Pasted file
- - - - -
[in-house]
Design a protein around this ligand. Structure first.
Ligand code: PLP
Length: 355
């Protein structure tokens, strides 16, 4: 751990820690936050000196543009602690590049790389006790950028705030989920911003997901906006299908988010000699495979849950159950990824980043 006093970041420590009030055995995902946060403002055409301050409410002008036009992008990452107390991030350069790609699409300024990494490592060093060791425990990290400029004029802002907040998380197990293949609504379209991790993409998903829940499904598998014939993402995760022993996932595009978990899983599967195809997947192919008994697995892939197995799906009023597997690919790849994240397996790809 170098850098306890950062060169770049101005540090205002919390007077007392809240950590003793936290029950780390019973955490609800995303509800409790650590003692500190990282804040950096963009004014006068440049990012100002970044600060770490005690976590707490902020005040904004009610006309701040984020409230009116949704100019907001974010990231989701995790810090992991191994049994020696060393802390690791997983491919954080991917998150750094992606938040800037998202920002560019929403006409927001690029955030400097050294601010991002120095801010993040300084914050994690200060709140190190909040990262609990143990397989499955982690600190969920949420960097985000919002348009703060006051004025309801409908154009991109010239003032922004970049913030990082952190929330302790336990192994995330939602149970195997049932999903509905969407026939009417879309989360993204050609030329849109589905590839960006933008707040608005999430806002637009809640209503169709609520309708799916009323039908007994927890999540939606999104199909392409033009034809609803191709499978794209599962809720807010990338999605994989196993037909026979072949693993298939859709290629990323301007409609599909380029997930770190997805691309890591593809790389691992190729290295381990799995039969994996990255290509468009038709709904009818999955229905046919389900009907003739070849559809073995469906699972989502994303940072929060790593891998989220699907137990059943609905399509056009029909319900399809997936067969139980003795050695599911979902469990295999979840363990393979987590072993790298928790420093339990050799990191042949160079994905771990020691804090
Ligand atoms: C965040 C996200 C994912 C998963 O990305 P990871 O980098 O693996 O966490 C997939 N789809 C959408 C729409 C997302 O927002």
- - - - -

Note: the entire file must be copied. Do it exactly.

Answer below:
[in-house]
Design a protein around this ligand. Structure first.
Ligand code: PLP
Length: 355
């Protein structure tokens, strides 16, 4: 751990820690936050000196543009602690590049790389006790950028705030989920911003997901906006299908988010000699495979849950159950990824980043 006093970041420590009030055995995902946060403002055409301050409410002008036009992008990452107390991030350069790609699409300024990494490592060093060791425990990290400029004029802002907040998380197990293949609504379209991790993409998903829940499904598998014939993402995760022993996932595009978990899983599967195809997947192919008994697995892939197995799906009023597997690919790849994240397996790809 170098850098306890950062060169770049101005540090205002919390007077007392809240950590003793936290029950780390019973955490609800995303509800409790650590003692500190990282804040950096963009004014006068440049990012100002970044600060770490005690976590707490902020005040904004009610006309701040984020409230009116949704100019907001974010990231989701995790810090992991191994049994020696060393802390690791997983491919954080991917998150750094992606938040800037998202920002560019929403006409927001690029955030400097050294601010991002120095801010993040300084914050994690200060709140190190909040990262609990143990397989499955982690600190969920949420960097985000919002348009703060006051004025309801409908154009991109010239003032922004970049913030990082952190929330302790336990192994995330939602149970195997049932999903509905969407026939009417879309989360993204050609030329849109589905590839960006933008707040608005999430806002637009809640209503169709609520309708799916009323039908007994927890999540939606999104199909392409033009034809609803191709499978794209599962809720807010990338999605994989196993037909026979072949693993298939859709290629990323301007409609599909380029997930770190997805691309890591593809790389691992190729290295381990799995039969994996990255290509468009038709709904009818999955229905046919389900009907003739070849559809073995469906699972989502994303940072929060790593891998989220699907137990059943609905399509056009029909319900399809997936067969139980003795050695599911979902469990295999979840363990393979987590072993790298928790420093339990050799990191042949160079994905771990020691804090
Ligand atoms: C965040 C996200 C994912 C998963 O990305 P990871 O980098 O693996 O966490 C997939 N789809 C959408 C729409 C997302 O927002």